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The House divided on the question, that the word "now" stand part of the motion,
MR. Fox, after an introductory speech, condemning, as unconstitutional, the conduct of ministers in having granted money to the Emperor of Germany and the Prince of Condé, without the consent of Parliament, moved the following resolution: "That His Majesty's ministers, having authorised and directed, at different times, without the consent, and during the sitting of Parliament, the issue of various sums of money for the service of His Imperial Majesty, and also for the service of the army under the Prince of Condé, have acted contrary to their duty, and to the trust reposed in them, and have thereby violated the constitutional privileges of this House."
Mr. PITT then rose:
When I consider, Sir, the nature of the motion which is this day brought forward by the right honourable gentleman against His Majesty's ministers, and the serious charge which it involves, I must regard myself as particularly implicated in that charge, as possessing a particular share of responsibility in the conduct of that measure which is censured as a violation of the constitution, and a breach of the privileges of this House. I have, however, in the discussion of this question, every thing to expect from the candour and justice of the House. An imputation of a most serious kind has been advanced against His Majesty's ministers; but it is necessary that all which may be offered on both sides should be fairly heard, before any decision can take place. It is requisite that gentlemen should be in full possession of every important fact that can be adduced, before they hasten to a conclusion which necessarily involves in it matter of such weight and magnitude. The House should clearly know the general principles on which it is to decide; it should know the grounds on which the theory of this part of the consti
tution is erected: it should also know, what the particular instances are in point of practice that militate in a certain degree against the general principles. I say, Sir, when these considerations are once known, it will then be incumbent on the House to decide. But I trust it will not be denied, that until these points are completely and satisfactorily ascertained, the House ought, with every view to propriety, to suspend its determination. It is no small object of satisfaction to me, that the full review of former precedents with respect to the present motion, forms a chief ground of it. In such an application of facts, I have considerable reason to be pleased, and I trust I shall clearly demonstrate, before I sit down, that former precedents concur in justifying the measure which is at this moment so severely condemned.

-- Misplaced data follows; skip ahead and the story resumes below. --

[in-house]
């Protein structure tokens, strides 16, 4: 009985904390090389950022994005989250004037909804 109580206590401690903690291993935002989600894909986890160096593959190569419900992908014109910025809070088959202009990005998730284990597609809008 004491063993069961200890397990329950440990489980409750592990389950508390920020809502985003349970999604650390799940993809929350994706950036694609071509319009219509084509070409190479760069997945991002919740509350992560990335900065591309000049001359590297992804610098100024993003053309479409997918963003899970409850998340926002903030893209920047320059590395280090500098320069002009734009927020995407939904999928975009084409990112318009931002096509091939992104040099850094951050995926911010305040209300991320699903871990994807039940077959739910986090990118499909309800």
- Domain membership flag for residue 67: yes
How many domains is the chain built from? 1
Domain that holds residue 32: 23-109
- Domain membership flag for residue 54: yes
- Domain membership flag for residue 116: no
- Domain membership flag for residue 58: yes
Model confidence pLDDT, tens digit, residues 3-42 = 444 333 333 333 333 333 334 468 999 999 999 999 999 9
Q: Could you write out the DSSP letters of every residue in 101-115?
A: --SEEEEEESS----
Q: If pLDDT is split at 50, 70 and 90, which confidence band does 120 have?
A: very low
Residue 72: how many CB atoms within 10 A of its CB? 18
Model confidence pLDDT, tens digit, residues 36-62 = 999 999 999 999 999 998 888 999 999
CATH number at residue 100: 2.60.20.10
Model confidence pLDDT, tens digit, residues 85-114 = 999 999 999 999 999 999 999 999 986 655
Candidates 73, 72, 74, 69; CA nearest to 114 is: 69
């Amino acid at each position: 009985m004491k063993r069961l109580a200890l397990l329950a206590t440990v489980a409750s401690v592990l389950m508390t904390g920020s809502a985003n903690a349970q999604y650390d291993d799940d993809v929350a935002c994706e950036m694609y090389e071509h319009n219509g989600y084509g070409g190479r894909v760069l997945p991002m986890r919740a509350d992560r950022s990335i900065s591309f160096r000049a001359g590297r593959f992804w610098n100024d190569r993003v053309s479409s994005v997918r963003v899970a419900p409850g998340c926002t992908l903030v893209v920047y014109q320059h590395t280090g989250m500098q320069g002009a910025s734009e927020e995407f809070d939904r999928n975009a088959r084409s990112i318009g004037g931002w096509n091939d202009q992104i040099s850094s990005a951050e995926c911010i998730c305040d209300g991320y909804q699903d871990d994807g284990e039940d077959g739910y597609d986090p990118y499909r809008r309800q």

I am, however, not a little surprised to hear the language made use of by an honourable magistrate*, who has declared that he has received instructions from his constituents to join in a vote of censure against His Majesty's ministers, for having supplied the Emperor with money without the authority of parliament. There is, perhaps, not any question on which a member ought to allow the decided dictates of his own conscience and judgment to be superseded by the instructions of his constituents; but if there is any case in which a member ought to be particularly anxious to preserve his right of private judgment, it is in the present instance, with respect to a criminal charge: for I think it must be admitted, that it was impossible for the honourable gentleman's constituents to decide in a just and candid manner, on the propriety of giving a vote on a motion, with the particulars of which they must have been unacquainted, and more peculiarly as they must have been totally ignorant of the defence which His Majesty's ministers meant to set up. I have, Sir, to caution the House against those unconstitutional doctrines which have been maintained in former debates, and particularly on Thursday night last. But without entering into a minute refutation of them, or stating those which I conceive to be strictly just, I cannot help observing, that much is saved for my purpose
by the concessions which the right honourable gentleman himself has made. I certainly do not wish to goad the right honourable gentleman into the former opinions he has at different times maintained: I am better content to take his present statements: I am better content with what I have heard from him today, and with those general principles which have fallen from him in support of his motion. For as, on a former occasion, when the present subject was first started, the interval of one night made him see the measure more inflammatory than it really is; it now appears that a pause of a few days has diminished his ideas of the inflammatory tendency which, in his own opinion, it possessed. The right honourable gentleman has taken great pains to lay down the great constitutional principles with regard to pecuniary grants, and the use of these grants. I did understand, on a former night, that the honourable gentleman told us one thing, to which he said there was no exception, namely, that no expense could be incurred without the consent of parliament. I did not altogether subscribe to that doctrine, and I will state, as nearly as possible, the very words of the argument I then used in answer. I argued, that the practice of extraordinaries had been adopted at different periods of the history of the coun try, at periods the most approved in the history of the country, at least at periods which the honourable gentleman must naturally think the most approved — when he was himself in the administration. Extraordinaries, to a large amount, were used during the sitting of parliament, and parliament afterwards justitied the act by a vote. The honourable gentleman did then admit, that he never could be supposed to have said that extraordinaries could not be used without the consent of parliament previously obtained; but when ministers have now adopted the same measure, the propriety of which, the honourable gentleman said, he could not be supposed to deny, yet such is his alarm, that he cannot feel himself justified in pausing a moment on the necessity of the actual condemnation of ministers.